Rabies was reintroduced to the East African island of Zanzibar in 1991. Over the last four years WSPA and the government have been implementing a project to establish sustainable humane dog population management. Following on from this, the Zanzibar government are developing infrastructure and seeking the assistance of supporting agencies to increase deployment of vaccination programmes to help eliminate rabies from the area. It is worth noting that although reducing the density of dogs is not critical for effective rabies control, there are many benefits in humane dog population management. Combining humane dog population management and responsible pet ownership programmes can help combat a range of problems associated with roaming dogs, such as livestock predation and injury and fear caused by aggressive behaviour. WSPA are part of the International Companion Animal Management Coalition (www.icam-coalition.org), which draws together diverse groups to offer consistent dog population management guidelines for use by governments and responsible authorities.

Our other global efforts in the field of humane rabies control include: signing a memorandum of understanding with the government of Vietnam to support their rabies control efforts; working with partners such as the Global Alliance for Rabies Control (GARC) on vaccination projects in the Philippines; partnering with the Pan American Health Organisation and GARC on educational resources for Latin America, and participation in the first key stakeholder consultation in review of Kenya’s ‘National Rabies Control Strategy’ under the Kenyan government’s ‘One Health’ banner. In 2012, we jointly signed a cooperation agreement with the China Animal Disease Control Centre. This landmark agreement is introducing advanced rabies prevention and control technology to China, adapted to the local situation, with the aim of avoiding the needless culling of dogs in the name of rabies.

In conclusion, the initial success of coordinated responses to rabies in countries such as Bangladesh and Zanzibar demonstrates the value of the One Health approach in national rabies elimination planning. It ends the futile and uneccessary practice of dog culling and helps protect human lives. WSPA have helped many countries stop the inhumane culling of dogs but we want to end it worldwide. We call on governments to stop killing dogs and, as an effective alternative built around the One Health approach, implement effective dog vaccination programmes.

3  Community Resilience To Disasters

Livestock are owned by 70% of the world’s poor, and as much as 80% of cash income in poor areas is derived from livestock. People living in low-income countries also tend to be the most vulnerable to natural disasters and the least resilient in recovery. As many aspects of their income and diet are derived from animals, the loss of livestock and working animals can leave whole communities facing a significant second disaster in the form of long-term malnutrition and food insecurity, loss of labour, loss of income-generating opportunities and increased debt and dependency (Campbell & Knowles, 2011). It should be noted that livestock and those dependent upon them are not only found in rural areas. Over 70% of the world’s population will live in cities by 2050 (World Health Organisation, 2014). As people migrate from the rural to the urban and peri-urban environment, they take their rural skills and food production and companion animals with them. We have observed multiple livelihood strategies in the areas in which we work, families having multiple income and nutrition sources involving food production animals such as cows, chickens and goats. Companion animals provide support and companionship as beloved family pets. While animal-based livelihood practices have largely adapted to the urban context, development programming has not always responded by considering how animals should be incorporated into emergency responses and capacity building. Yet in disasters in urban areas (as in any area) animal health related issues are of significance due to their potential impact on livelihoods, food security and malnutrition, and disease including zoonotic diseases such as rabies. There has been a historic lack of a ‘One Health’ focus. WSPA aims to address this by seeking innovative solutions for governments and communities. By integrating animals into government response and risk reduction policies and community preparedness plans in a truly ‘One Health’ approach, a foundation can be laid which assists people in protecting their animals and themselves, allowing them to return to a normal life as quickly as possible following a disaster. We achieve this through engagement and participation in local decision-making, cultural exchange and understanding. Partnership with urban and rural communities, local and national governments, intergovernmental, non-governmental organisations and academics is essential to achieve success. WSPA welcomes the recent United Nations General Assembly resolution (United Nations resolution number A/RES/68/211) calling for stronger focus on emergency planning that addresses disaster losses, specifically, through protecting people’s livelihoods and productive assets, including livestock and working animals, before, during and after a disaster.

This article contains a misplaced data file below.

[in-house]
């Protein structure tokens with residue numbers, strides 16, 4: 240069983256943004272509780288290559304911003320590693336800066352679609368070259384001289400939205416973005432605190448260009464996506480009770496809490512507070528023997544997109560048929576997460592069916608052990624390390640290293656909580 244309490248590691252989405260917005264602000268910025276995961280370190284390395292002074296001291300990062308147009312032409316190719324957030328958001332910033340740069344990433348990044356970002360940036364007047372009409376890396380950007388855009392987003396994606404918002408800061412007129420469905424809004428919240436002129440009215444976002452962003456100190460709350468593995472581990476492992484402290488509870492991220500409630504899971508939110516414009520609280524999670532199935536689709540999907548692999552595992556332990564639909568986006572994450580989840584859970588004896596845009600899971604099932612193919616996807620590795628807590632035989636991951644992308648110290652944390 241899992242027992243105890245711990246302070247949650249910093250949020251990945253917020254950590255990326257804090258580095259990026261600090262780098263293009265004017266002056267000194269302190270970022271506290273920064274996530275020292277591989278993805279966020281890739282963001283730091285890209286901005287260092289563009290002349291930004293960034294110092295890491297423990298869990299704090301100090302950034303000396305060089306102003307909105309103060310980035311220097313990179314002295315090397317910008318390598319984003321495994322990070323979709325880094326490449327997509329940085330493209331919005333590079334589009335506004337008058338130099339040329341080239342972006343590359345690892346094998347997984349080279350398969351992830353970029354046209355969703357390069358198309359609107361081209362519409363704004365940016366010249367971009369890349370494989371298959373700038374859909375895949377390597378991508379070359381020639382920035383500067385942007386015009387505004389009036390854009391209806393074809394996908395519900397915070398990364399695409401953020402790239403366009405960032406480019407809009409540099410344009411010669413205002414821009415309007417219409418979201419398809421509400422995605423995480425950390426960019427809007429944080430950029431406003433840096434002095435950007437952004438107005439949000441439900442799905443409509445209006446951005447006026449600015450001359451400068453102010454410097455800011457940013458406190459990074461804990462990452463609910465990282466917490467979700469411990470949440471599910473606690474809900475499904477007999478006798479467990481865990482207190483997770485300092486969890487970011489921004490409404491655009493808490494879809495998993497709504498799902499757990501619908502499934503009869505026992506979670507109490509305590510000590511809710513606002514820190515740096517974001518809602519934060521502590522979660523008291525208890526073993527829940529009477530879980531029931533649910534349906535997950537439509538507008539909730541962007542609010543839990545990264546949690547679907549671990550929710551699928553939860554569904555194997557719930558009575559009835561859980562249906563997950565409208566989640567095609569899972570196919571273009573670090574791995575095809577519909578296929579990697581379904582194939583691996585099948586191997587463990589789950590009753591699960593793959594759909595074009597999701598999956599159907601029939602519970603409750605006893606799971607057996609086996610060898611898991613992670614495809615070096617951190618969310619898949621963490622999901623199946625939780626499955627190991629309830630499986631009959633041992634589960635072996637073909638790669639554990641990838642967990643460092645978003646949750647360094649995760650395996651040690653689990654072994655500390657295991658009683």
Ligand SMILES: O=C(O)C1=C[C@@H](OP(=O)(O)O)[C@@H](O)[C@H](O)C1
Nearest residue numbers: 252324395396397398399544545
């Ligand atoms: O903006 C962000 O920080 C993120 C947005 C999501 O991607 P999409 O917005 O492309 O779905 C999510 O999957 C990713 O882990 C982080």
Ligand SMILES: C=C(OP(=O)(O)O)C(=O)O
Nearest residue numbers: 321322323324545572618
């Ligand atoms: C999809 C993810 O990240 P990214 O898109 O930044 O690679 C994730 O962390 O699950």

Our work in India, Haiti and Kenya illustrates our One Health approach. The floods which hit Assam state in India in 2012 killed thousands of animals, devastating communities completely reliant on their animals for agricultural outputs. Many of those animals surviving the floods would have died shortly afterwards if support had not been provided. WSPA worked in partnership with national government units such as the Disaster Management Authority (DMA) and active organisations such as Sphere India in the affected state. While providing for the basic needs of the animals to help them survive the emergency phase, our teams were able to work with the communities to identify tools and techniques to strengthen future resilience. We helped build a feed storage tower to keep animal feed safe from risk of further flooding later in the season, provided training for effective animal welfare management, and assisted design of a community disaster plan which included animals as a source of human nutrition.